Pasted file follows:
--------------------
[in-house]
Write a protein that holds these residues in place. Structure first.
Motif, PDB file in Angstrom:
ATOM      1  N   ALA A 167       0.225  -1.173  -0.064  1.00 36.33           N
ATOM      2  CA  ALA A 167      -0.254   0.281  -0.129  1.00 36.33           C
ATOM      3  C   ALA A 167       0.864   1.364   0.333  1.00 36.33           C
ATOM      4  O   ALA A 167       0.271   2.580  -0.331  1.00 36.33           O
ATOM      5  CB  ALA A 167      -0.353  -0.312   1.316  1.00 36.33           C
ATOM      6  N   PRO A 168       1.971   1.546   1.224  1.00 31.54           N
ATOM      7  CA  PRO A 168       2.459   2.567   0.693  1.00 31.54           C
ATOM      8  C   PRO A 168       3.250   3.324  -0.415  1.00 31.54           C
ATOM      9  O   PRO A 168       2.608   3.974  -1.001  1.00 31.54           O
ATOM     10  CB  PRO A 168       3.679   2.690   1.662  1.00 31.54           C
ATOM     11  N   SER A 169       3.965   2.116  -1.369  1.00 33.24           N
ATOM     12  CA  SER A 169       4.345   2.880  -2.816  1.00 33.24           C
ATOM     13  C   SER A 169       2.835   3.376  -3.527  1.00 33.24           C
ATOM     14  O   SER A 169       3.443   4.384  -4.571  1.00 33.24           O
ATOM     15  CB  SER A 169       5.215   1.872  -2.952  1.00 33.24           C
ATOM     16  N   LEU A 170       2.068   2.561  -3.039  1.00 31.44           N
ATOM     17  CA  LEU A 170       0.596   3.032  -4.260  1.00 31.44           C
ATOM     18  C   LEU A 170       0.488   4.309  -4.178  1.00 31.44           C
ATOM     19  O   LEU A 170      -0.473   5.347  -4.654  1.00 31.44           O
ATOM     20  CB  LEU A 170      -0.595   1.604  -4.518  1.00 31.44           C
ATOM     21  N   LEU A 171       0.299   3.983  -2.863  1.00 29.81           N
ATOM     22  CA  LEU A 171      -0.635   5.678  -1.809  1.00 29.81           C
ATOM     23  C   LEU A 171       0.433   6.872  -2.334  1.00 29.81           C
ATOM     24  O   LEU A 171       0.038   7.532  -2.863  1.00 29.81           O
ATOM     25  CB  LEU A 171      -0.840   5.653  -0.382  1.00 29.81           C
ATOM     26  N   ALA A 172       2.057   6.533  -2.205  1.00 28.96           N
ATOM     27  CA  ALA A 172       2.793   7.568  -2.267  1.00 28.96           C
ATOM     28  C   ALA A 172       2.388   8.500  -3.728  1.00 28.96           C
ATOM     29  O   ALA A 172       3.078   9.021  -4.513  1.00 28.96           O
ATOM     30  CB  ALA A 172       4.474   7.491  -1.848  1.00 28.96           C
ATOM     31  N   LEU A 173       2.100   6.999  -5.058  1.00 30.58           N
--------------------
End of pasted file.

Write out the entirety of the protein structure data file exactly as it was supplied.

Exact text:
[in-house]
Write a protein that holds these residues in place. Structure first.
Motif, PDB file in Angstrom:
ATOM      1  N   ALA A 167       0.225  -1.173  -0.064  1.00 36.33           N
ATOM      2  CA  ALA A 167      -0.254   0.281  -0.129  1.00 36.33           C
ATOM      3  C   ALA A 167       0.864   1.364   0.333  1.00 36.33           C
ATOM      4  O   ALA A 167       0.271   2.580  -0.331  1.00 36.33           O
ATOM      5  CB  ALA A 167      -0.353  -0.312   1.316  1.00 36.33           C
ATOM      6  N   PRO A 168       1.971   1.546   1.224  1.00 31.54           N
ATOM      7  CA  PRO A 168       2.459   2.567   0.693  1.00 31.54           C
ATOM      8  C   PRO A 168       3.250   3.324  -0.415  1.00 31.54           C
ATOM      9  O   PRO A 168       2.608   3.974  -1.001  1.00 31.54           O
ATOM     10  CB  PRO A 168       3.679   2.690   1.662  1.00 31.54           C
ATOM     11  N   SER A 169       3.965   2.116  -1.369  1.00 33.24           N
ATOM     12  CA  SER A 169       4.345   2.880  -2.816  1.00 33.24           C
ATOM     13  C   SER A 169       2.835   3.376  -3.527  1.00 33.24           C
ATOM     14  O   SER A 169       3.443   4.384  -4.571  1.00 33.24           O
ATOM     15  CB  SER A 169       5.215   1.872  -2.952  1.00 33.24           C
ATOM     16  N   LEU A 170       2.068   2.561  -3.039  1.00 31.44           N
ATOM     17  CA  LEU A 170       0.596   3.032  -4.260  1.00 31.44           C
ATOM     18  C   LEU A 170       0.488   4.309  -4.178  1.00 31.44           C
ATOM     19  O   LEU A 170      -0.473   5.347  -4.654  1.00 31.44           O
ATOM     20  CB  LEU A 170      -0.595   1.604  -4.518  1.00 31.44           C
ATOM     21  N   LEU A 171       0.299   3.983  -2.863  1.00 29.81           N
ATOM     22  CA  LEU A 171      -0.635   5.678  -1.809  1.00 29.81           C
ATOM     23  C   LEU A 171       0.433   6.872  -2.334  1.00 29.81           C
ATOM     24  O   LEU A 171       0.038   7.532  -2.863  1.00 29.81           O
ATOM     25  CB  LEU A 171      -0.840   5.653  -0.382  1.00 29.81           C
ATOM     26  N   ALA A 172       2.057   6.533  -2.205  1.00 28.96           N
ATOM     27  CA  ALA A 172       2.793   7.568  -2.267  1.00 28.96           C
ATOM     28  C   ALA A 172       2.388   8.500  -3.728  1.00 28.96           C
ATOM     29  O   ALA A 172       3.078   9.021  -4.513  1.00 28.96           O
ATOM     30  CB  ALA A 172       4.474   7.491  -1.848  1.00 28.96           C
ATOM     31  N   LEU A 173       2.100   6.999  -5.058  1.00 30.58           N